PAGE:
You started out wanting to be an engineer, but then you ended up going to open mic clubs? What sparked all of that?
Carlos Mencia: Just my friends. I would go home and watch the news. Then I would go to work and say, "Did you guys hear about the plane thing yesterday?" And they would go, "What plane thing?" I told them, "This plane was flying from Hawaii, and the guy on the news actually said, 'The fuselage came apart at seventy-five hundred feet. A stewardess was sucked out. She is presumed dead.' And my friends would laugh. I would say, "Exactly. What is presumed dead?" And they would laugh more. And I would be like, "Wait, why are you laughing? This isn't funny. This is fucking retarded. These are news castors. She's not presumed dead. She is just dead." And they would laugh harder. And I would be like, "Why are you laughing at me?" And they were like, "You're really funny, man." And I was like, "What do you mean I'm funny." And they'd say, "Dude, you are making us laugh." And I would say, "But I'm not trying to be funny. Aren't you supposed to try to be funny to be funny?" And they are like, "No. You are funny. You should really try to do comedy." They called me The Kid, because these were all people that had worked in insurance for years. They were like, "Hey, kid, you should try doing stand-up." That's when I tried. And I had an epiphany. I realized that I had a gift. At that moment, being the spiritual person that I am, I realized that I needed to respect myself, my God, and my people to cultivate this gift. Because, you know, there is nothing worse in the world than to see guys like Michael Vic, with such promise and such future, throw it all away over something stupid. I didn't want to be that person, so I told myself that I would dedicate my time to being the best at this as humanly possible.
Do you think being exposed to different cultures helped you with your comedy?
Carlos Mencia: Hugely. I am able to see things from an inside and an outside point of view at all times. I grew up in East L.A. around Mexicans as a Honduran. So they treated me differently, until people like you came into my neighborhood. Until the white people showed up, then they were like, "Hey, Holmes, its all of us together." Then you guys all left, and it was the weirdest thing. They were like, "Okay, dude, you are the wetter wetback." How could I be a wetter wetback. And they would say, "Because you are from further away." That is so lame. I grew up like that. So, I was of Mexican culture and Mexican descent. My mom was Mexican. But I wasn't a Mexican. My mother came to this country, and she wanted to give me an American name so I would fit in. My birth name is Ned. Which sounds great if you are not living in East L.A. Where every year on the first day of role call, they were like, "Ned!" And I was like, "Oh, my god, teacher! I am going to get my face kicked in because of the way you said that." And the other guys would be like, "That better be short for Neduardo." I'm treated like an American, and there are times when I am not treated like an American. I have always been able to see things from a lot of points of views. It helped my comedy. I know Tito can be construed as a stereotype. Sure. But on the other hand, he is a guy in my opinion, who lives in Mexico, who is smart enough to get things done. He makes ends meet all the time. On top of that, this is a guy who learned English although he never went to school. This is a guy who might not be educated, but he is naturally smart. I am able to look at these things from a different point of view and see if they fit in for me. All of that stuff helped me to be one thing, and another thing at the same time. I'm an American, but I'm not. I'm a part of society, but I' not.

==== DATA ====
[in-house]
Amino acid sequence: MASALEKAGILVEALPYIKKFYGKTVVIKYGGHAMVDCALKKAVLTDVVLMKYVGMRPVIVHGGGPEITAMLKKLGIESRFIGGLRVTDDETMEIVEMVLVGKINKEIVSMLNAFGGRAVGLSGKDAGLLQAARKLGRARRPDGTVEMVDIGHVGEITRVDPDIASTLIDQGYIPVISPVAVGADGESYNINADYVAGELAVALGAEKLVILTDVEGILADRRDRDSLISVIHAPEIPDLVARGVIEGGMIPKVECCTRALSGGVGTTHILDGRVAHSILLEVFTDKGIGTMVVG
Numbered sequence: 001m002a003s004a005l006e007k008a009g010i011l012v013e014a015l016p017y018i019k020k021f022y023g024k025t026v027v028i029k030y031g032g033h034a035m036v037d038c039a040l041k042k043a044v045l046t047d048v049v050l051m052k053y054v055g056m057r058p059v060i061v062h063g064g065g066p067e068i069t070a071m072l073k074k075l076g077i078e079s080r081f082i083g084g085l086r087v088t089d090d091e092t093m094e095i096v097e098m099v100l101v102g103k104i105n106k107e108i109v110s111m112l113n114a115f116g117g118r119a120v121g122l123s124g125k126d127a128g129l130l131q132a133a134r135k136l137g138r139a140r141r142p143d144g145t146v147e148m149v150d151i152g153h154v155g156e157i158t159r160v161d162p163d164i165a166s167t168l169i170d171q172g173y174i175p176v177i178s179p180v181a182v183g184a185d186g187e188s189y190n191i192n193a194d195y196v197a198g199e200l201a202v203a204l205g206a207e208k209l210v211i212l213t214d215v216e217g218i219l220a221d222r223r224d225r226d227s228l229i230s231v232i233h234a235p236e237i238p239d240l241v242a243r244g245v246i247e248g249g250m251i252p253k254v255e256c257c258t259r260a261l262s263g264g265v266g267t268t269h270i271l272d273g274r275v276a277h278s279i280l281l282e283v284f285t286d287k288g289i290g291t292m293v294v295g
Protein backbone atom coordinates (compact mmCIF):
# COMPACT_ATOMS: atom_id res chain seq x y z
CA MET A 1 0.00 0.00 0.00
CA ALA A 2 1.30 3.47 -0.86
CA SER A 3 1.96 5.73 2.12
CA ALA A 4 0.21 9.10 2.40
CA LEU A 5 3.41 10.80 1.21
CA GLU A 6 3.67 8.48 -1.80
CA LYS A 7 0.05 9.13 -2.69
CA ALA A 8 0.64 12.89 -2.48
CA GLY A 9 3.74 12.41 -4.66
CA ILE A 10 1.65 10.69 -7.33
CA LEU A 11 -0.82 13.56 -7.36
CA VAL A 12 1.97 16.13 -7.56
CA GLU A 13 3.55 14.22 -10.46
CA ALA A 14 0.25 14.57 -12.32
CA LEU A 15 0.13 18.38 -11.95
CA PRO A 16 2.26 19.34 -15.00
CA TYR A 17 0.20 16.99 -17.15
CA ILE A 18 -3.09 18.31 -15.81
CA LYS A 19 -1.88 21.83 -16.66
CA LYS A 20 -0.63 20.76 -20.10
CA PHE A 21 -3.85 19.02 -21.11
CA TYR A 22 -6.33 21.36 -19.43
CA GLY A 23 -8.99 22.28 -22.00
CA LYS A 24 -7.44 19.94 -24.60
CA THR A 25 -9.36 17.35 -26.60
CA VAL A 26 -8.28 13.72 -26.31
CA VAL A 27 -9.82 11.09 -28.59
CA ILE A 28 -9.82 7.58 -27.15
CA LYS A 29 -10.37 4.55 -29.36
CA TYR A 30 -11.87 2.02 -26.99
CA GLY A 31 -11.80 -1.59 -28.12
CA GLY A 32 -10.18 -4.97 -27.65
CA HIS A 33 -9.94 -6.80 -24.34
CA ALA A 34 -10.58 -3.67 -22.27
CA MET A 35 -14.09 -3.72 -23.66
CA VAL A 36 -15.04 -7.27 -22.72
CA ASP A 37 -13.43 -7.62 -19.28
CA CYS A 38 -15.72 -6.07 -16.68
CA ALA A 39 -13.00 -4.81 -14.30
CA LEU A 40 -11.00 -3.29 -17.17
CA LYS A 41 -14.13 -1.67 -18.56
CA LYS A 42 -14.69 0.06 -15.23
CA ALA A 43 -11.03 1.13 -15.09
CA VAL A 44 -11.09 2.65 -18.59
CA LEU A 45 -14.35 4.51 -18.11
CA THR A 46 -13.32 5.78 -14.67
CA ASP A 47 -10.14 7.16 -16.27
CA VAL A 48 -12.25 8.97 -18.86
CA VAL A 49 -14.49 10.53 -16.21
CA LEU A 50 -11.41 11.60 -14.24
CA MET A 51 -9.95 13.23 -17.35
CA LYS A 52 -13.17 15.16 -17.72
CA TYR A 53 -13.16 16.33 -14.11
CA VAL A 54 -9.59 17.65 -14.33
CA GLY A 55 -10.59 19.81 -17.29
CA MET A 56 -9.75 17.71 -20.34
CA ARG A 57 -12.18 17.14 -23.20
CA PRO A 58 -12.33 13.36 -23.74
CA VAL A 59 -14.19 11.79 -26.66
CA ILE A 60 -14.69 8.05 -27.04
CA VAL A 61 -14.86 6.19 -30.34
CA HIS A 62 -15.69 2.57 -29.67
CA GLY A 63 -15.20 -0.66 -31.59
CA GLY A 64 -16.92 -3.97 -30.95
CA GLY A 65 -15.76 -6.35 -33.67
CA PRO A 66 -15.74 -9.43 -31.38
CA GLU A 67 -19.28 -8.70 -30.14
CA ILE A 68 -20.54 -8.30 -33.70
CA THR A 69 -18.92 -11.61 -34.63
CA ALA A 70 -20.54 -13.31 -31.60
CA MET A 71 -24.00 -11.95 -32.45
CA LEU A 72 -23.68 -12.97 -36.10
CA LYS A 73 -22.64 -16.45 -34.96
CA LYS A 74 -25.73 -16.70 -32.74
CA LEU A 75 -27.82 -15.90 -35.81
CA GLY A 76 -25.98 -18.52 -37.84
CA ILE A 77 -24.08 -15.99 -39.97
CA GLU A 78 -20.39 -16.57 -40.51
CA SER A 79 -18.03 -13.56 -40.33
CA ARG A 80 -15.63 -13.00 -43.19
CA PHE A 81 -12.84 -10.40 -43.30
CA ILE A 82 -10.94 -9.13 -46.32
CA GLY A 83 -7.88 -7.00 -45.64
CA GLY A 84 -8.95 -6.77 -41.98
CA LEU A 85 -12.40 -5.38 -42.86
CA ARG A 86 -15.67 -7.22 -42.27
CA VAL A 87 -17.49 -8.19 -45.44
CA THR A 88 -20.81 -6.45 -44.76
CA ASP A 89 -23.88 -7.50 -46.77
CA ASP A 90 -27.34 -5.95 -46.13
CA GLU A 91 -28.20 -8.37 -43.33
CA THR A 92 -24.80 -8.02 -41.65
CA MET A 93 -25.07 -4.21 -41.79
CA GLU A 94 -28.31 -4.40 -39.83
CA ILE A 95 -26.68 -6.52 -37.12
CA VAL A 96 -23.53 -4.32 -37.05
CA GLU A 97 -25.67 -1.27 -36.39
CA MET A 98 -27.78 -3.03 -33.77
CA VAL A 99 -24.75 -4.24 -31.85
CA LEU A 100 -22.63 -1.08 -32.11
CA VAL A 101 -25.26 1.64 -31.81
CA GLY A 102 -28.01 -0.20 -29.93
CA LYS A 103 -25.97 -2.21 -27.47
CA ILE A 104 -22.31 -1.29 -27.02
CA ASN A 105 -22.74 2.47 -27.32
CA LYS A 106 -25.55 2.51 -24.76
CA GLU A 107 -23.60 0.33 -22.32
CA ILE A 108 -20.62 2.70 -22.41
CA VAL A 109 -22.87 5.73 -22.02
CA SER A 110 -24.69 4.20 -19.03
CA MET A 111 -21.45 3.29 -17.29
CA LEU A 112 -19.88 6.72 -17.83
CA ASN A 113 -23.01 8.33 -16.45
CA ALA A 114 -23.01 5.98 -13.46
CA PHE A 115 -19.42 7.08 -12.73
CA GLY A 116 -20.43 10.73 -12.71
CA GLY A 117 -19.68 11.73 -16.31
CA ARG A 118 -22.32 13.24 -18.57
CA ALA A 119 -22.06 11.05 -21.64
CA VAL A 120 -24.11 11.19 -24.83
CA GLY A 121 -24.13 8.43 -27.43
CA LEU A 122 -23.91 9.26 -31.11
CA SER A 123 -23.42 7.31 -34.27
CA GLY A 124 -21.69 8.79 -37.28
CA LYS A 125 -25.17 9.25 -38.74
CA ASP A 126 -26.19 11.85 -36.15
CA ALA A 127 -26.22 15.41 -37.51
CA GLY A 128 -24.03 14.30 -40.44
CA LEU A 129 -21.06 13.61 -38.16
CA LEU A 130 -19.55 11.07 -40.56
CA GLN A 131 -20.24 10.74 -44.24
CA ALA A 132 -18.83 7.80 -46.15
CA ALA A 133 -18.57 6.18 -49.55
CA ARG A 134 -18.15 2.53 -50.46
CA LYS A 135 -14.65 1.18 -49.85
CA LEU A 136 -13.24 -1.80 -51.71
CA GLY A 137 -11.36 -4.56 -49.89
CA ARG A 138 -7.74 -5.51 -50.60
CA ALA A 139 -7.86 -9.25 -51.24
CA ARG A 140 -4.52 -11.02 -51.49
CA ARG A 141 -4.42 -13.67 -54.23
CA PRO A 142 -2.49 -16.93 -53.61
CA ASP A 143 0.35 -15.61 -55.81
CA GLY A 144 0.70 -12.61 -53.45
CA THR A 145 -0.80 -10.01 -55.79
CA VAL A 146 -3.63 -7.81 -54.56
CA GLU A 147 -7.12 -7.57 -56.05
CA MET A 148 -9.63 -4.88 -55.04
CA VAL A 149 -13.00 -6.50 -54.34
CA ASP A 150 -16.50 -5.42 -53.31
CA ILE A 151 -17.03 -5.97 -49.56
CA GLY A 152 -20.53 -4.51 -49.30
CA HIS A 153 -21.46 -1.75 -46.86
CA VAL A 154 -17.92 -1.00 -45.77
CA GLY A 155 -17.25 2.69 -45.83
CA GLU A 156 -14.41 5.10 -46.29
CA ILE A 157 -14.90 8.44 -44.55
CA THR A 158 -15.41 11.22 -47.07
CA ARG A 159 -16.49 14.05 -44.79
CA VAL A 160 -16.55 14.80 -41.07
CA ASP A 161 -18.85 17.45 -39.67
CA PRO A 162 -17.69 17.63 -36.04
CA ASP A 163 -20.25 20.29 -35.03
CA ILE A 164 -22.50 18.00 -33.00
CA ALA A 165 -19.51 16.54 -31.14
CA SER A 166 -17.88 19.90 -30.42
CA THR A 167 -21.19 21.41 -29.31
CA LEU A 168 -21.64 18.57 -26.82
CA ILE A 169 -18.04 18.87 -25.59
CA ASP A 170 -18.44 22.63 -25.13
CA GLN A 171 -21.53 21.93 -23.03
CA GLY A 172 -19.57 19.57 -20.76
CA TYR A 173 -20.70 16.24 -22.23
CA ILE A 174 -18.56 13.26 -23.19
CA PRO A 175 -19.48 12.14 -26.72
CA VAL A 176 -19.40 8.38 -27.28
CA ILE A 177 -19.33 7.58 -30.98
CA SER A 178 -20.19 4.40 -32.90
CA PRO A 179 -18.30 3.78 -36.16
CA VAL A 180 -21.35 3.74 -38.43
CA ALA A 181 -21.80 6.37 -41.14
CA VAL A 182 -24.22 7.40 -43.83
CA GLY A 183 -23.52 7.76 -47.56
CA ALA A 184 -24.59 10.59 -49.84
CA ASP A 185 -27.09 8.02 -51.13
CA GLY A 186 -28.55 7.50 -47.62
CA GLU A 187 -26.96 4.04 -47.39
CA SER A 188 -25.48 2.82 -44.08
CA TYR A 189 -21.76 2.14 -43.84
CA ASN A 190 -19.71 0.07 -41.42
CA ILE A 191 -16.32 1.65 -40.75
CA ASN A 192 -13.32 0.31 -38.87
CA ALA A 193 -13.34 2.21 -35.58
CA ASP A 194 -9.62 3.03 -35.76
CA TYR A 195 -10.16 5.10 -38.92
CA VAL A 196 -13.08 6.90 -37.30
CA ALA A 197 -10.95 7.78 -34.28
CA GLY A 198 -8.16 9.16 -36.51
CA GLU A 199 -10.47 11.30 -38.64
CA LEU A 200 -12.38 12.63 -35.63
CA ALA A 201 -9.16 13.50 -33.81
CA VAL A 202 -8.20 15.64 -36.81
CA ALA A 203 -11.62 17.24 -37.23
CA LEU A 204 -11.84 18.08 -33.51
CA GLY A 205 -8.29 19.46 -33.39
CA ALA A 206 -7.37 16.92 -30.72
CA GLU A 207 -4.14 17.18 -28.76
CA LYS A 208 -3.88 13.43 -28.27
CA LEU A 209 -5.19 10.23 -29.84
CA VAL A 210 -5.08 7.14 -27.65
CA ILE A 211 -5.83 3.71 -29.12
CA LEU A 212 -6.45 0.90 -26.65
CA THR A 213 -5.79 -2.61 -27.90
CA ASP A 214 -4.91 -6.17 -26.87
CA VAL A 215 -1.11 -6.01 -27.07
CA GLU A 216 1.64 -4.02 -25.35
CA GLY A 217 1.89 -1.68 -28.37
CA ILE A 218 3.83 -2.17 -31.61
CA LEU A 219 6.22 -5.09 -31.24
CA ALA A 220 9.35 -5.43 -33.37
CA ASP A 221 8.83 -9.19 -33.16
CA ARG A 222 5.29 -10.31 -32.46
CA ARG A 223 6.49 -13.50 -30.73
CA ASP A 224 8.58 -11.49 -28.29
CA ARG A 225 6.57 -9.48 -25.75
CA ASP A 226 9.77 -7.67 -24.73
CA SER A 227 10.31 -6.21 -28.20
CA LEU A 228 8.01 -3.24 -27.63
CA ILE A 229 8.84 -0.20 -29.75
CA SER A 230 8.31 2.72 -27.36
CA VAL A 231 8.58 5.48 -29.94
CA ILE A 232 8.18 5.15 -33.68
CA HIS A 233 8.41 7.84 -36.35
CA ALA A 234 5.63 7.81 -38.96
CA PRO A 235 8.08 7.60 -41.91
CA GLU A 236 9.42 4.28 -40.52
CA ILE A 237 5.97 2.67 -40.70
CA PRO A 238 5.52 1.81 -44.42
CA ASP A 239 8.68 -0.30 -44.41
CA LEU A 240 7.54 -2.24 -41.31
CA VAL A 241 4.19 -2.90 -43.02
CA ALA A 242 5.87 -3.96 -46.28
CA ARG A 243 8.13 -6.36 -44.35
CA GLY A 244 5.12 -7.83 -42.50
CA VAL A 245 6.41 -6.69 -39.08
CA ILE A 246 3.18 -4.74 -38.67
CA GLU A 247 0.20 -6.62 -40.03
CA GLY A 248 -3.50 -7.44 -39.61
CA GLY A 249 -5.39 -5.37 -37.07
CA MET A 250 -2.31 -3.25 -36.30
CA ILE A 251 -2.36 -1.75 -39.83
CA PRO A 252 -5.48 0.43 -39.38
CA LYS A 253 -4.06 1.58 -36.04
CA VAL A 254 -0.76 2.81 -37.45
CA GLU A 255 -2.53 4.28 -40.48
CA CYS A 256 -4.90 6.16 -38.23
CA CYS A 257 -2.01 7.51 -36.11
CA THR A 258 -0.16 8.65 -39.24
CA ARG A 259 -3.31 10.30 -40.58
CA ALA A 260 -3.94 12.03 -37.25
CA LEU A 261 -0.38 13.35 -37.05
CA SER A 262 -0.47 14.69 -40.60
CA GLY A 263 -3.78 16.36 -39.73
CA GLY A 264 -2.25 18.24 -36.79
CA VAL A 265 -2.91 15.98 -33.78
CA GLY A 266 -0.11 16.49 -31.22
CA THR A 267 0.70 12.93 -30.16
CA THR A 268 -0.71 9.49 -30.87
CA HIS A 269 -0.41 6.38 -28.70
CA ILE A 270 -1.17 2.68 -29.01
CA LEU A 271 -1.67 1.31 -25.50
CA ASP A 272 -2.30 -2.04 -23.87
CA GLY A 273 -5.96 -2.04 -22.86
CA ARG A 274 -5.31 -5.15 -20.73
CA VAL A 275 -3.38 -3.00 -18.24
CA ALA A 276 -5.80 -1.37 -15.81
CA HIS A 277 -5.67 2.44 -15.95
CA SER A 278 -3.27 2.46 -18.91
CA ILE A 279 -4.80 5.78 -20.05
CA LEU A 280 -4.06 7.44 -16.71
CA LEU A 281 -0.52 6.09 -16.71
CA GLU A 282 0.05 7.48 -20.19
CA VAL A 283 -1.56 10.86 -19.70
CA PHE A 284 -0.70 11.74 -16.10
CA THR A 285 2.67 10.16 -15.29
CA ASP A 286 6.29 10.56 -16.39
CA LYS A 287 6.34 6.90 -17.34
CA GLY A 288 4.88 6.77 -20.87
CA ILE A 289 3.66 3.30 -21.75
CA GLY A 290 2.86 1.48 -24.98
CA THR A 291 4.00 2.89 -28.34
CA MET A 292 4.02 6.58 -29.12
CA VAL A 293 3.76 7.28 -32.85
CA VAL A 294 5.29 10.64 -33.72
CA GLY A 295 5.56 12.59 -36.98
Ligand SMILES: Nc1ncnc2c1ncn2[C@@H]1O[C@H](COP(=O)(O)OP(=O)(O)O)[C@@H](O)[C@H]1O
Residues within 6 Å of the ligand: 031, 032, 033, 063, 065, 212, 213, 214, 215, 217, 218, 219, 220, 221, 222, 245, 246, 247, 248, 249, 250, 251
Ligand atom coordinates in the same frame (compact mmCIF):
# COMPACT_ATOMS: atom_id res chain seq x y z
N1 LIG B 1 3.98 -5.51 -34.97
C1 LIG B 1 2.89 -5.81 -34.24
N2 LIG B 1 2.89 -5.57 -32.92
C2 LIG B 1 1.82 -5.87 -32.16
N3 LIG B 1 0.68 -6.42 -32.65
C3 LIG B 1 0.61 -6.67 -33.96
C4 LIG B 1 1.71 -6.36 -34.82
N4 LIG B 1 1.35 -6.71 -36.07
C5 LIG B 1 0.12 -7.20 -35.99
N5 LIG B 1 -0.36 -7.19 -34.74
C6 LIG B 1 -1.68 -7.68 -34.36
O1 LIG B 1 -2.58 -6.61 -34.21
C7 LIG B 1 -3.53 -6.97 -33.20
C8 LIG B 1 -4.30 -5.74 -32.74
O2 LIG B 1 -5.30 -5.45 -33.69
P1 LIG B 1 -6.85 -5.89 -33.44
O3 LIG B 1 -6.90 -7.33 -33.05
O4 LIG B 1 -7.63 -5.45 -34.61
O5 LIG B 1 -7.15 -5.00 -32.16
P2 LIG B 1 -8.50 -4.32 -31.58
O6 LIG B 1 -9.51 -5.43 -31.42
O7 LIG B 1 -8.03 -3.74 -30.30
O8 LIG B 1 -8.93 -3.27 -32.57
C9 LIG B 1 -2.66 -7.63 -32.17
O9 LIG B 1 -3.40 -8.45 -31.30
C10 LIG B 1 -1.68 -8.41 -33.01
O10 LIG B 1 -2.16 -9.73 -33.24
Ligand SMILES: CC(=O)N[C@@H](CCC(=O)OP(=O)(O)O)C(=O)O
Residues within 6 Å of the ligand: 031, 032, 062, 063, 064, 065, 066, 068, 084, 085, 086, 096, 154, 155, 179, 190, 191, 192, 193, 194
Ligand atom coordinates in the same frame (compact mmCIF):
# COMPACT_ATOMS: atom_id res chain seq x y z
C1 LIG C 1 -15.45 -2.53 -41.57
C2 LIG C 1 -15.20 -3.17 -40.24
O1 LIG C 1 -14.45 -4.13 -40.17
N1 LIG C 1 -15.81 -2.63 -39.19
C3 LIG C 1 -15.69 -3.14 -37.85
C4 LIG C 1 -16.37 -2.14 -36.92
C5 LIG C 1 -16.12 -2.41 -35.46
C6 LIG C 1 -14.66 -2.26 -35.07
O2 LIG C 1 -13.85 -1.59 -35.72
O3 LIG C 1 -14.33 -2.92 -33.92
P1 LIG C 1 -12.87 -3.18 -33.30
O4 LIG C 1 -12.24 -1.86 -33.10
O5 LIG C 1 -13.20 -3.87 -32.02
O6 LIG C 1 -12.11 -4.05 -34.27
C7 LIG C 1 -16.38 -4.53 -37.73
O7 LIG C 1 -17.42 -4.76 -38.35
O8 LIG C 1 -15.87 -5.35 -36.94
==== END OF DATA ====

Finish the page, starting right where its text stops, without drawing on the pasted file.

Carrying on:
What did you think about the characters just jumping into marriage like they do?
Carlos Mencia: You don't do that without asking some questions first. You need to know how much they get paid, and what they do for a living. For me, this is all about ignorance, and not asking the right questions. That's what got them into trouble. Nothing else.
You're going on tour this fall? What does that entail?
Carlos Mencia: Well, the tour is different than this. Here's how it is. Comedy is pure, and dirty, and uncensored. It's like raw cocaine. And then the TV show is slightly formatted. It's on cable, so I get away with more. But the advertisers pay attention to it, and there are restrictions. And it's kind of big, still. But it's not as big as it was. Movies are authentic and real. And subtle, and honest, and human. These are all different forms of expression. One of them is painting on canvas, one of them is painting with watercolors, and one of them is oil painting. And they are all really different. I really look forward to being able to flex those different muscles. The really important thing for me in this movie was that I didn't play Carlos Mencia. I didn't do that. I didn't have to. I got to create a character. I got to act. I got to make other people help me with my acting, and that was unbelievably fundamental. But, I will always love stand-up. I look at it like this, movies are the beautiful blonde Playboy Playmate that I will always chase, and she might go on a date with me, and she might have sex with me. In the end, I knew she was going to end up with somebody else. Stand-up is my chubby ex-girlfriend who will never say no even if I call her at three o'clock in the morning. "I want you!" And she says, "Bring some ice cream." And I say, "I'm there!"
Did you save the hairpiece from the film?
Carlos Mencia: You know what? I tried to buy that hairpiece, and they were going to charge me three thousand dollars for it. That's crazy. I was like, damn!
The Heartbreak Kid opens this Friday, October 5th, 2007.
Dont't forget to also check out: Mind of Mencia